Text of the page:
I was at the Union Hall on Monday, March 29, 2010, waiting for your phone call, but the hall said you never called. I was told that the phone number was illegible due to the fact that I had put white out on the paper. I apologize for the confusion, I did not fail to participate, I was there waiting. I request a reinstatement.
Id. at 15.
On May 4, 2010, the Director denied Lush's request for reinstatement ruling that Lush did not show good cause why the appeal should be reinstated, and cited to 646 Indiana Administrative Code 3-12-4, which provided that if a party failed to appear at a hearing and applied within seven days showing good cause why the case should be reinstated, the case shall be reinstated. The Director's Notice of Denial of Reinstatement of Appeal, included the provision that Lush had eighteen days to appeal the Director's decision to the Board and contained the following statement:
The administrative law judge dismissed the appeal because the Claimant, the party requesting the hearing, did not appear. The administrative law judge mailed the dismissal on Tuesday, March 30, 2010, and the Claimant applied for reinstatement on Tuesday, April 6, 2010. Since the appealing party did not show good cause why the case should be reinstated, the request for reinstatement is DENIED.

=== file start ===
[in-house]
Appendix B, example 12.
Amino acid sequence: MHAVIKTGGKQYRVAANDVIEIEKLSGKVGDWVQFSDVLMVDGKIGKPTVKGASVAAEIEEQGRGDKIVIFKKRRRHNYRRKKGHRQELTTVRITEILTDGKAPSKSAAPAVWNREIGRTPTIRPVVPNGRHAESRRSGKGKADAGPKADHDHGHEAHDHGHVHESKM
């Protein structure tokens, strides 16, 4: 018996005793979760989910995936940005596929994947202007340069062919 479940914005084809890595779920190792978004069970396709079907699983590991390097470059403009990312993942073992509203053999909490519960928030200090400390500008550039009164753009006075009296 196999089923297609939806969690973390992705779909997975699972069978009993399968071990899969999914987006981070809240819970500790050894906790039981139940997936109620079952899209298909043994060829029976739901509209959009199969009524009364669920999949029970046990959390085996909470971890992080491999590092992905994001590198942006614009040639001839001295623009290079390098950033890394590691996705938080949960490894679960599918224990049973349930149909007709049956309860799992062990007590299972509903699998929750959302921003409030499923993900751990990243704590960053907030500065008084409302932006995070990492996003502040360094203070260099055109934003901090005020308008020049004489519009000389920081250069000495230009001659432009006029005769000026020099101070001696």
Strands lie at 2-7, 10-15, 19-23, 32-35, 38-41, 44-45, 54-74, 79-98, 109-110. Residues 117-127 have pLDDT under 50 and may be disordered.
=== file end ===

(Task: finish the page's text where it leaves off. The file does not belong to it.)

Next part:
Appellant's App. at 16 (emphasis in original).
Lush appealed the denial of his request for reinstatement of his appeal to the Board. The Board did not hold a hearing before issuing its decision on June 14, 2010. The Board held that it
adopt[ed] and incorporate[d] by reference the findings of fact and conclusions of law of U.I. Appeals Director Miller and affirm[ed] the Notice of Denial of Reinstatement of Appeal with the following addendum:
In his request for reinstatement of his appeal, the Claimant indicated that he "was at the Union Hall on Monday, March 29, 2010, waiting for your phone call, but the hall said you never called." The telephone number on the acknowledgement form that the Claimant returned to the Administrative Law Judge had been whited-out and then re-written over the white out. The Administrative 495*495 Law Judge tried two logical variations of the number to try to reach the Claimant. The first number was an invalid telephone number. The second number she tried, XXX-XXX-XXXX, reached Union Local 142. The acknowledgement form did not include an extension number, so the Administrative Law Judge chose to speak with the operator after hearing all of the telephone menu choices. The Administrative Law Judge identified herself to the operator and asked for the Claimant by name and then asked if there was anyone there who would be participating in a hearing about him. The operator answered in the negative. The Administrative Law Judge attempted to contact the Claimant to participate in the hearing. The Claimant has not shown good cause for failing to participate in the Administrative Law Judge hearing.